Centre Pompidou-Metz presents 1917, a multidisciplinary exhibition that investigates the fundamental question of artistic creation in wartime. Originating with Picasso’s creation of his largest work, the stage curtain for the ballet Parade, in 1917, the exhibition examines artistic production of that crucial year in light of historical facts and their impacts on the lives of the artists.
1917 offers an instant view of every field of creativity during this year of the First World War. It asks what such a narrow, precise context as a single year might mean for creative activity, while avoiding the pitfalls of expectations and assumptions as to the nature of wartime art. By focusing on one year in the 20th century, 1917 also explores a rarely attempted, original exhibition format.
1917 testifies to the extreme diversity of its artistic production. Presented on over 2300 square meters and in two sections, the exhibition conveys this diversity by mapping the various positions of the artists relative to the battlefront, and subsequently their degree of physical, psychological, symbolical or intellectual involvement in the issues of war.
Alongside masters such as Brancusi, Dix, Duchamp, Kandinsky, Matisse, Monet, or Nevinson, were amateur artists who felt the need to respond to the trials of war through creative expression such as Trench art, examples of which are a high point of the exhibition. Equally important are the war artists who were sent to the front to record its events, and the many individuals who, as eyewitnesses, expressed their memory of the conflict for posterity.
From physical and psychological destruction and rebuilding through self-portraiture, to the confusion between gender, and the transformation associated with camouflage, two major figures arise: the Harlequin and the stage curtain for the ballet Parade, whose monumental format and remarkable presentation constitute the climax of the exhibition. This masterpiece by Picasso was last shown in 2004 in Hong Kong and is shown in France for the first time in over twenty years.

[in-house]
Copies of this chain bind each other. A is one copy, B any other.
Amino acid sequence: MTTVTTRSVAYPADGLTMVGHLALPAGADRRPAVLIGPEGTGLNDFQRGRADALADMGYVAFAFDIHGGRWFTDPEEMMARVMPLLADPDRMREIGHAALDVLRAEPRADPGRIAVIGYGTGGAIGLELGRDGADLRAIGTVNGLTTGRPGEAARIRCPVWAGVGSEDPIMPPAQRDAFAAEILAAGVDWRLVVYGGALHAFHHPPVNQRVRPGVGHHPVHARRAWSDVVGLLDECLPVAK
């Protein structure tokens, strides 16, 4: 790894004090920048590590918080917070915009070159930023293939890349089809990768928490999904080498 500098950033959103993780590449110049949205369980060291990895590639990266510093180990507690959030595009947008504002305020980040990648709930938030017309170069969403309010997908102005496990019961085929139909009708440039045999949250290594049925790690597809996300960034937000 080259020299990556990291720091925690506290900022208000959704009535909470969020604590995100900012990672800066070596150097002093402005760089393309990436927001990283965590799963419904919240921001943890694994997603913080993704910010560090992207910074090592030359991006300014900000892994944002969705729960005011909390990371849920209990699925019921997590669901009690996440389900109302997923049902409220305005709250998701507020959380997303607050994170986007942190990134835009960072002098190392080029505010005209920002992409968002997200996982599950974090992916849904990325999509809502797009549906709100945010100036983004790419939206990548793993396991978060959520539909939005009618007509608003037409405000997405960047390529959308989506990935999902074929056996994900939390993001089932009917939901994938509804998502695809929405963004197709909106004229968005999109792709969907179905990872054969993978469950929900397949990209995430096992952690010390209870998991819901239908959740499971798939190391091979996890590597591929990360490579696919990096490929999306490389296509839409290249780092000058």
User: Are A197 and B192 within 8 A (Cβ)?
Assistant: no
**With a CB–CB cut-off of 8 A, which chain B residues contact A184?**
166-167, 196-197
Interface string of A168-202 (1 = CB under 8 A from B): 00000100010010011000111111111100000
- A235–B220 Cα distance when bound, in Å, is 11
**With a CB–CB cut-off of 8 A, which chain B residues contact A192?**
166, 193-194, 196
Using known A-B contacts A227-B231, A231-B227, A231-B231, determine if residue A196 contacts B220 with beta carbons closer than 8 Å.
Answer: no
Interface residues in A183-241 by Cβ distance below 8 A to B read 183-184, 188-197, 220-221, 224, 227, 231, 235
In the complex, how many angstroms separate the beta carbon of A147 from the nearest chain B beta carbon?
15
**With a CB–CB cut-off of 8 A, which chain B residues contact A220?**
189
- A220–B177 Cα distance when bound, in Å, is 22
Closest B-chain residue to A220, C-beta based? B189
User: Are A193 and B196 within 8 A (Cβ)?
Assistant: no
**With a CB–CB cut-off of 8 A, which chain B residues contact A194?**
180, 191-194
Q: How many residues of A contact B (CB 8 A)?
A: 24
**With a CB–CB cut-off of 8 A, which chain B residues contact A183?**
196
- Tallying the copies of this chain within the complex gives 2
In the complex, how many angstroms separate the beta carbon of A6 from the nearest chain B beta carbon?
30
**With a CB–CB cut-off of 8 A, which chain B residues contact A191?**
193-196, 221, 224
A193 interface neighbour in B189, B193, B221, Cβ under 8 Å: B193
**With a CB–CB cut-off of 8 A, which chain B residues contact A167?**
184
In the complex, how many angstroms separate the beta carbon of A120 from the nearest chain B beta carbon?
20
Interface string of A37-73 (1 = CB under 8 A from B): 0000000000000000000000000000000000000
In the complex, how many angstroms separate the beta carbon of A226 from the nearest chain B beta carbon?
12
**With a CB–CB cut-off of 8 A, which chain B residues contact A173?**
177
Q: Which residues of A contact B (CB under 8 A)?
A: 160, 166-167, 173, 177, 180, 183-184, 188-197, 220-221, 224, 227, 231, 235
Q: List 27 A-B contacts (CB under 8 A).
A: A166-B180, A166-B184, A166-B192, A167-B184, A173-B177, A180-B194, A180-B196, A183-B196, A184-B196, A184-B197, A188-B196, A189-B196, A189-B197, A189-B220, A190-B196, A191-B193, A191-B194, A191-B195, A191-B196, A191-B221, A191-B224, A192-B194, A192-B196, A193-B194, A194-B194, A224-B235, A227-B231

The exhibition gathers works from public, private, art, and military collections, both French and international. Foremost among these are the many works drawn from the collection of the Centre Pompidou, Musée national d’art moderne. 1917 also benefits from partnerships with the Bibliothèque de Documentation Internationale Contemporaine (Nanterre), the Établissement de communication et de production audiovisuelle de la défense (Ivry-sur-Seine), the musée de l’Armée (Paris), the musée du Service de Santé des Armées (Paris), the Historial de la Grande Guerre (Péronne) and the Imperial War Museums (London).
1917 is endorsed by the Ministry of Defence and Ex-Servicemen. The exhibition is the first in a series of cultural events about the Great War leading up to international commemorations of the centennial of the First World War.
A 600 page catalogue will be published to coincide with the opening of the exhibition, followed by a symposium in September 2012.
A programme of films, lectures and performances will run alongside the exhibition, such as a cine-concert by Jeff Mills scheduled for 26 May 2012.
Claire Garnier, Curator, Centre Pompidou-Metz
Laurent Le Bon, Curator, Director, Centre Pompidou-Metz
Ronan and Erwan Bouroullec, Bivouac.
Until 29 July 2012
Sol LeWitt. Wall Drawings from 1968 to 2007.
Until July 29, 2013
Centre Pompidou-Metz presents the largest retrospective ever shown in Europe of Sol LeWitt wall drawings, conceived in close collaboration with the LeWitt Collection (Chester, Connecticut).
From 21 June to 14 October 2012, in partnership with the Centre Pompidou-Metz, M-Museum in Leuven (Belgium) presents Sol LeWitt. Colors, a chromatic counterpart which features over twenty wall drawings in color.
Pablo Picasso, Stage curtain for the ballet Parade, 1917. Tempera on canvas. 1,050 × 1,640 cm.
Centre Pompidou, Musée National d’Art Moderne, Paris. Purchased 1955. © Picasso Estate, 2012.
Photo © Christian Bahier and Philippe Migeat – Centre Pompidou, MNAM-CCI /Dist. RMN-GP.